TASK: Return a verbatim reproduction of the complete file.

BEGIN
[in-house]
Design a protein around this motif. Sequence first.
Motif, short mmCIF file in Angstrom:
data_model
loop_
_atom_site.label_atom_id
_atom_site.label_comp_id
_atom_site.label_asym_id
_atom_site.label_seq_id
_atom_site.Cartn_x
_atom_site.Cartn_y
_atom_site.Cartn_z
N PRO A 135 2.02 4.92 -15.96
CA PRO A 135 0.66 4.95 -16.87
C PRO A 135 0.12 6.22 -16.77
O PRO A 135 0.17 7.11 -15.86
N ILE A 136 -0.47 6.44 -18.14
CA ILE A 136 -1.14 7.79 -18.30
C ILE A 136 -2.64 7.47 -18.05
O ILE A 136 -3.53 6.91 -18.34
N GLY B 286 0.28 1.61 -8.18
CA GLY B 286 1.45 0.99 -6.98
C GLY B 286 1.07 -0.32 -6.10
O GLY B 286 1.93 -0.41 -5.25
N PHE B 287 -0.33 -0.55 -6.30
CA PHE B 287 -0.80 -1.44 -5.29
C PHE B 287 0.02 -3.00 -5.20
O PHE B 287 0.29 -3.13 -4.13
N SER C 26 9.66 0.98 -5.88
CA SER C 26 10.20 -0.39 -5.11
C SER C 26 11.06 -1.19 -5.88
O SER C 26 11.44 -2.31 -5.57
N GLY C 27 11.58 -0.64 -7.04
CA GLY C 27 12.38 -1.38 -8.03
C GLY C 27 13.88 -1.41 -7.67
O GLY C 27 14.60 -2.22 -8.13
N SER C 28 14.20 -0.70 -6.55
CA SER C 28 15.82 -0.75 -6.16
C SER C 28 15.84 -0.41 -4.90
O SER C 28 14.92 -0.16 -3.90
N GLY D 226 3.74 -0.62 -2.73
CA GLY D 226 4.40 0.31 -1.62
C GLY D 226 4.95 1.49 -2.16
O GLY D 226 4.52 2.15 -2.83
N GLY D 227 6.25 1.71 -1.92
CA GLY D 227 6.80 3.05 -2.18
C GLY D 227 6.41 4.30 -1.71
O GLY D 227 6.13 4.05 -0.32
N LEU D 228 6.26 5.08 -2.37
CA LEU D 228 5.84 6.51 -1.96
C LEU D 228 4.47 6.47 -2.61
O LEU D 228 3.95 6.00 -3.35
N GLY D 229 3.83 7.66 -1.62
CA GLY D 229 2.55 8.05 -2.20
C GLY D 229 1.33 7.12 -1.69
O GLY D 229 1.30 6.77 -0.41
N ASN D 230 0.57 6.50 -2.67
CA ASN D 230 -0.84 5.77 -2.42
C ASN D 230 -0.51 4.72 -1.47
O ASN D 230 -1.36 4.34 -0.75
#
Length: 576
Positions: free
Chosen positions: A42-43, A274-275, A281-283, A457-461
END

[in-house]
Design a protein around this motif. Sequence first.
Motif, short mmCIF file in Angstrom:
data_model
loop_
_atom_site.label_atom_id
_atom_site.label_comp_id
_atom_site.label_asym_id
_atom_site.label_seq_id
_atom_site.Cartn_x
_atom_site.Cartn_y
_atom_site.Cartn_z
N PRO A 135 2.02 4.92 -15.96
CA PRO A 135 0.66 4.95 -16.87
C PRO A 135 0.12 6.22 -16.77
O PRO A 135 0.17 7.11 -15.86
N ILE A 136 -0.47 6.44 -18.14
CA ILE A 136 -1.14 7.79 -18.30
C ILE A 136 -2.64 7.47 -18.05
O ILE A 136 -3.53 6.91 -18.34
N GLY B 286 0.28 1.61 -8.18
CA GLY B 286 1.45 0.99 -6.98
C GLY B 286 1.07 -0.32 -6.10
O GLY B 286 1.93 -0.41 -5.25
N PHE B 287 -0.33 -0.55 -6.30
CA PHE B 287 -0.80 -1.44 -5.29
C PHE B 287 0.02 -3.00 -5.20
O PHE B 287 0.29 -3.13 -4.13
N SER C 26 9.66 0.98 -5.88
CA SER C 26 10.20 -0.39 -5.11
C SER C 26 11.06 -1.19 -5.88
O SER C 26 11.44 -2.31 -5.57
N GLY C 27 11.58 -0.64 -7.04
CA GLY C 27 12.38 -1.38 -8.03
C GLY C 27 13.88 -1.41 -7.67
O GLY C 27 14.60 -2.22 -8.13
N SER C 28 14.20 -0.70 -6.55
CA SER C 28 15.82 -0.75 -6.16
C SER C 28 15.84 -0.41 -4.90
O SER C 28 14.92 -0.16 -3.90
N GLY D 226 3.74 -0.62 -2.73
CA GLY D 226 4.40 0.31 -1.62
C GLY D 226 4.95 1.49 -2.16
O GLY D 226 4.52 2.15 -2.83
N GLY D 227 6.25 1.71 -1.92
CA GLY D 227 6.80 3.05 -2.18
C GLY D 227 6.41 4.30 -1.71
O GLY D 227 6.13 4.05 -0.32
N LEU D 228 6.26 5.08 -2.37
CA LEU D 228 5.84 6.51 -1.96
C LEU D 228 4.47 6.47 -2.61
O LEU D 228 3.95 6.00 -3.35
N GLY D 229 3.83 7.66 -1.62
CA GLY D 229 2.55 8.05 -2.20
C GLY D 229 1.33 7.12 -1.69
O GLY D 229 1.30 6.77 -0.41
N ASN D 230 0.57 6.50 -2.67
CA ASN D 230 -0.84 5.77 -2.42
C ASN D 230 -0.51 4.72 -1.47
O ASN D 230 -1.36 4.34 -0.75
#
Length: 576
Positions: free
Chosen positions: A42-43, A274-275, A281-283, A457-461